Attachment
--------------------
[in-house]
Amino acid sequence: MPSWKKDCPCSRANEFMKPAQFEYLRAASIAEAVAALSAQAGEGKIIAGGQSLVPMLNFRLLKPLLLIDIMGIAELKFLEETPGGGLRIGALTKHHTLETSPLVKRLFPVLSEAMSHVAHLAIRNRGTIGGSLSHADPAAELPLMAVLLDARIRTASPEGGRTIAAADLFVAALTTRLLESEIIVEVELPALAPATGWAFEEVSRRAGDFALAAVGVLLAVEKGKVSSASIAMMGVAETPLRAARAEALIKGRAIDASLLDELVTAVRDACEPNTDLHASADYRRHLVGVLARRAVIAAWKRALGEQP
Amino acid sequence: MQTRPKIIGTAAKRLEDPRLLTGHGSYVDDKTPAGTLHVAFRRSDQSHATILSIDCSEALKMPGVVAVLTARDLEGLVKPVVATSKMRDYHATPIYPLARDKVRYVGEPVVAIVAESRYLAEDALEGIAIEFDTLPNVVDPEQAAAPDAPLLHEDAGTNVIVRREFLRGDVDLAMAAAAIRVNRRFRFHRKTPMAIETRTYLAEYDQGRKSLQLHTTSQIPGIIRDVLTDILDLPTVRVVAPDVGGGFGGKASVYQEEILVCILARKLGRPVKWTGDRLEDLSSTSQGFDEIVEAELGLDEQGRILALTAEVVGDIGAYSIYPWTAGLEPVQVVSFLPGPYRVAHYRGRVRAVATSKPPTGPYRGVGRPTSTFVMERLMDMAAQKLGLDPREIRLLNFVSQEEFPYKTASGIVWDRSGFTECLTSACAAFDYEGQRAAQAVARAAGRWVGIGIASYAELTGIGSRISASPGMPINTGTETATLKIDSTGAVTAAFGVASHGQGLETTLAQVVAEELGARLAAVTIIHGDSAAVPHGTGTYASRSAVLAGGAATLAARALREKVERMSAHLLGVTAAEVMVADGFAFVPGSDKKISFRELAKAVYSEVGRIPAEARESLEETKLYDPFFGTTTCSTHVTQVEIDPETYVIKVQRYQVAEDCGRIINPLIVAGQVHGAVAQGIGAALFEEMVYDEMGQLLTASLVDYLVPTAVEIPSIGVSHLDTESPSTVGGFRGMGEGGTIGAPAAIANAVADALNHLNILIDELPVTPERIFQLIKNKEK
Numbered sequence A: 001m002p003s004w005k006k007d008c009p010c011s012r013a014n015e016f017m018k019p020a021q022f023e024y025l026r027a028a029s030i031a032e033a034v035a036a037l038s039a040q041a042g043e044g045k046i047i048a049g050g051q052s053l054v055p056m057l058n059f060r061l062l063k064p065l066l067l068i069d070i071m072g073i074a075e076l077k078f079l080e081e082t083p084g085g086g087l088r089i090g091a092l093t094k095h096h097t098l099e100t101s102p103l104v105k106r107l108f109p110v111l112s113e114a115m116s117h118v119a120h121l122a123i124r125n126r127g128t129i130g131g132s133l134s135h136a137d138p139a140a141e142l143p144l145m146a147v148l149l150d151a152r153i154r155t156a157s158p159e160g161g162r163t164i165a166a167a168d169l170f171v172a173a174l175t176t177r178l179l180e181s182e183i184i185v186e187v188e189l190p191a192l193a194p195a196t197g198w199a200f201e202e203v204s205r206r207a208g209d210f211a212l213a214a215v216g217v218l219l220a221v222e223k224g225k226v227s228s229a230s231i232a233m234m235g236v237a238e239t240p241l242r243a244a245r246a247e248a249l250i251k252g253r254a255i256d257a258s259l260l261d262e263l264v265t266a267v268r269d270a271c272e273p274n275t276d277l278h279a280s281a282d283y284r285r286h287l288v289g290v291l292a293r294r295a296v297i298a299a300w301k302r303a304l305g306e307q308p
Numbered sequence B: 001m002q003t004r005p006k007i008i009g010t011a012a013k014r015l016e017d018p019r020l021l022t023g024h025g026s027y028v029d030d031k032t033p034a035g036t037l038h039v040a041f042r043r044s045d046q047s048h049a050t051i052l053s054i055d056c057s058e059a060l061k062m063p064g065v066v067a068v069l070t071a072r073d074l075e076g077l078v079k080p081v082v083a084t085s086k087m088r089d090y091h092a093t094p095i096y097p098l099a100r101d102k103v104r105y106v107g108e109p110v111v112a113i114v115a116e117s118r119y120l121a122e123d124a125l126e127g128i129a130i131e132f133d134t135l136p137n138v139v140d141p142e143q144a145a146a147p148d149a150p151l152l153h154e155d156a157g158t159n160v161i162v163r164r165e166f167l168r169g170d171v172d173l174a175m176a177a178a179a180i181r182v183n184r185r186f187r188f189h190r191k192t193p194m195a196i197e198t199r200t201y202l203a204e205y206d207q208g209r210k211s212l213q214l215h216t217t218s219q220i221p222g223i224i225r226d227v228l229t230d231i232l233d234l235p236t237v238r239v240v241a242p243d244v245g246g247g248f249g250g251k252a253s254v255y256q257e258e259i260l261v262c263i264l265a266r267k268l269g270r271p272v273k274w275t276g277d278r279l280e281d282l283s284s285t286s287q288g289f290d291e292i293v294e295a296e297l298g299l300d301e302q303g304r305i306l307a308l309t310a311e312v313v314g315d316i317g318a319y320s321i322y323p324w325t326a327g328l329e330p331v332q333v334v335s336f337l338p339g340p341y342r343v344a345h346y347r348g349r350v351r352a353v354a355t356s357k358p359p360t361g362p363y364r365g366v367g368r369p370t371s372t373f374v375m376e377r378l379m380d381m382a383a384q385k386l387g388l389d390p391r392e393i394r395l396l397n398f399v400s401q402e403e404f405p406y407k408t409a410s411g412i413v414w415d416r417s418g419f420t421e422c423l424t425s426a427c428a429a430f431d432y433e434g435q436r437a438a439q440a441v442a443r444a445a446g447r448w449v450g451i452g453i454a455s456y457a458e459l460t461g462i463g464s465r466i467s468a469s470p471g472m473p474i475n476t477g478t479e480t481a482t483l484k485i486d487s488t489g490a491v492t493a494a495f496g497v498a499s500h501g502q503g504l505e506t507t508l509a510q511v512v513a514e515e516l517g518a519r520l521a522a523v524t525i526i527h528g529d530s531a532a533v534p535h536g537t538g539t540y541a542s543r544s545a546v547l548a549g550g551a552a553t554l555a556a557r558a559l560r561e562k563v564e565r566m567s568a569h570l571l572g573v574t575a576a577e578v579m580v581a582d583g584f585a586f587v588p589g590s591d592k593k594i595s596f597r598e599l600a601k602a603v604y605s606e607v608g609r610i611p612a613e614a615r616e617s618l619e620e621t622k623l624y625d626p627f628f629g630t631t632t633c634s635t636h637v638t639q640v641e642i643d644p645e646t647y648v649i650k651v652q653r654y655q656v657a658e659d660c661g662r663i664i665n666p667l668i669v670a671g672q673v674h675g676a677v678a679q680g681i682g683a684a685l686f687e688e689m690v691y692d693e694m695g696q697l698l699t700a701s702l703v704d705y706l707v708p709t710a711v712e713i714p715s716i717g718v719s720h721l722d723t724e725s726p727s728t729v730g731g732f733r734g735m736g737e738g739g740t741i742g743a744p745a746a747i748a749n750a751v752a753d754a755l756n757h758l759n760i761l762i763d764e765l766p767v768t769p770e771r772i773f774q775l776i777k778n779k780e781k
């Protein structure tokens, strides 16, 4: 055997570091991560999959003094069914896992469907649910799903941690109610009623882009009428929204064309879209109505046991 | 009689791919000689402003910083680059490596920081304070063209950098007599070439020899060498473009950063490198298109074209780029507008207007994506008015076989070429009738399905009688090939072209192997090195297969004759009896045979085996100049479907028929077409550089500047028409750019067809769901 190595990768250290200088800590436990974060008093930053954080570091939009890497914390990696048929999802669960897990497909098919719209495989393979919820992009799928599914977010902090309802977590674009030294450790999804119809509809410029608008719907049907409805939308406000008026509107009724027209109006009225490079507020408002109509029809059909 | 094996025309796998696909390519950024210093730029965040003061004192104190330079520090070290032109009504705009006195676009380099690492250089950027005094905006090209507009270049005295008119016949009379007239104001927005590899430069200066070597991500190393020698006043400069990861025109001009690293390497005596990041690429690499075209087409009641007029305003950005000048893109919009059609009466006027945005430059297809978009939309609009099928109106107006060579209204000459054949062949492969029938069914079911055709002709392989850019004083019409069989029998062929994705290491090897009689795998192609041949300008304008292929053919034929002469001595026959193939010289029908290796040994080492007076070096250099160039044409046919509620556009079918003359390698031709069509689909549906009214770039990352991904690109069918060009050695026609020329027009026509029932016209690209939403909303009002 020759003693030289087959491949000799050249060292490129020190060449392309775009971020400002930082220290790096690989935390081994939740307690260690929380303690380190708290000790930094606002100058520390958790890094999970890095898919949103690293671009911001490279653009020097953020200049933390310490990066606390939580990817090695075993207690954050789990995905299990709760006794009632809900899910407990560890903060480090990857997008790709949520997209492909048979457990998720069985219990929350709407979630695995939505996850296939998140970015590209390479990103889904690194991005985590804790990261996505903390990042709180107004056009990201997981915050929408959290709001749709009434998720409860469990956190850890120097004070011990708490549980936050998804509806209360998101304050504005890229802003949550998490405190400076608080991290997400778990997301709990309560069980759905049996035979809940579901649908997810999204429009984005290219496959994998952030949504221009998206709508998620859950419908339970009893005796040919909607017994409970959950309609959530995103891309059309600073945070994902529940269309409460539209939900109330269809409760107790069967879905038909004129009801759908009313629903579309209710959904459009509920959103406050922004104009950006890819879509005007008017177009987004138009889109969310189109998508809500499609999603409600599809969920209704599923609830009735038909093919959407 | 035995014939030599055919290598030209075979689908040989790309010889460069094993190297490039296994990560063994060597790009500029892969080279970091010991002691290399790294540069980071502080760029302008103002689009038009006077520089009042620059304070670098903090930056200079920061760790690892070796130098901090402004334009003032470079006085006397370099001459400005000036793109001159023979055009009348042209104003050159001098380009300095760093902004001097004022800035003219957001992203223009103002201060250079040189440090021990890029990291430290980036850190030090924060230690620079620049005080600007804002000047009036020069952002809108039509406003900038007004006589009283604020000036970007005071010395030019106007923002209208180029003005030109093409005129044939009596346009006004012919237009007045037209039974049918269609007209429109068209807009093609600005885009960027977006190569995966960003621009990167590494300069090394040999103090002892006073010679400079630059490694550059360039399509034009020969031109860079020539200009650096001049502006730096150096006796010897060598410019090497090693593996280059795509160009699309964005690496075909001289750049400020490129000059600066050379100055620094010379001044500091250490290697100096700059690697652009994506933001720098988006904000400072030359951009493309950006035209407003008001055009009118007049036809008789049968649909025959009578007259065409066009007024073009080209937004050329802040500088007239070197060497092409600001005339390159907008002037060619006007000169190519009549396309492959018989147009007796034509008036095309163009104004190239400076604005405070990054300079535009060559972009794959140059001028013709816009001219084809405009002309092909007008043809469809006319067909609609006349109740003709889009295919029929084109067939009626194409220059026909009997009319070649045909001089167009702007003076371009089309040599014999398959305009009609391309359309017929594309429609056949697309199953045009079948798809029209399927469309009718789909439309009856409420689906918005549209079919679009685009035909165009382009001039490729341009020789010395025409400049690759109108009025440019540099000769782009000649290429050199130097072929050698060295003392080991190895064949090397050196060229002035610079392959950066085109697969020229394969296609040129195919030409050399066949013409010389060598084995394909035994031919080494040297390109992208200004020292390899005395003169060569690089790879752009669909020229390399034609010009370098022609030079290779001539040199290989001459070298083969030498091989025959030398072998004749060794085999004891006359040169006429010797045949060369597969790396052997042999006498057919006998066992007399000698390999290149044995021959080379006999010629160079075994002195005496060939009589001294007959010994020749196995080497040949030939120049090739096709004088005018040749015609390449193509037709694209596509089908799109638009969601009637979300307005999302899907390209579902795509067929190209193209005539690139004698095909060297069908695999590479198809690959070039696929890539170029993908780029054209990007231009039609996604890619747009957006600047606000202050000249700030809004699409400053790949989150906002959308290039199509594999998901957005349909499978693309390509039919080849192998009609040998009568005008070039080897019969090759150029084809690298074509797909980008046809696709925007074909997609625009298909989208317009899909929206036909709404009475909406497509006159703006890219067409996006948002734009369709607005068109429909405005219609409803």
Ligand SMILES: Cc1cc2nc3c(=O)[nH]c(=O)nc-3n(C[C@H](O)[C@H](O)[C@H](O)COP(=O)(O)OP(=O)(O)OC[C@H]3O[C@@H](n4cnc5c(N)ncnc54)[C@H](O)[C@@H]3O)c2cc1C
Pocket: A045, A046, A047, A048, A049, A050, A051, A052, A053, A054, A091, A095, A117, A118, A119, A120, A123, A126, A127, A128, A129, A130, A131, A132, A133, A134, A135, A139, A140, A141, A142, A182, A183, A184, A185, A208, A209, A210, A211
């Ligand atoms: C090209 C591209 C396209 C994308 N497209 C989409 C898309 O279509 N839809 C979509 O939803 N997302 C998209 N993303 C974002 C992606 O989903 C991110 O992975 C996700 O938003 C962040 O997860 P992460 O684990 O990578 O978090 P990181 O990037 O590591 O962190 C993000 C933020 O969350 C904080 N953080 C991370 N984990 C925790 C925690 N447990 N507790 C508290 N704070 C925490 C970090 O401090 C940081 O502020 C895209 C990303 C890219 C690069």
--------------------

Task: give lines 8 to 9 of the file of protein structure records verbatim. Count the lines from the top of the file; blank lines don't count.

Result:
Pocket: A045, A046, A047, A048, A049, A050, A051, A052, A053, A054, A091, A095, A117, A118, A119, A120, A123, A126, A127, A128, A129, A130, A131, A132, A133, A134, A135, A139, A140, A141, A142, A182, A183, A184, A185, A208, A209, A210, A211
């Ligand atoms: C090209 C591209 C396209 C994308 N497209 C989409 C898309 O279509 N839809 C979509 O939803 N997302 C998209 N993303 C974002 C992606 O989903 C991110 O992975 C996700 O938003 C962040 O997860 P992460 O684990 O990578 O978090 P990181 O990037 O590591 O962190 C993000 C933020 O969350 C904080 N953080 C991370 N984990 C925790 C925690 N447990 N507790 C508290 N704070 C925490 C970090 O401090 C940081 O502020 C895209 C990303 C890219 C690069």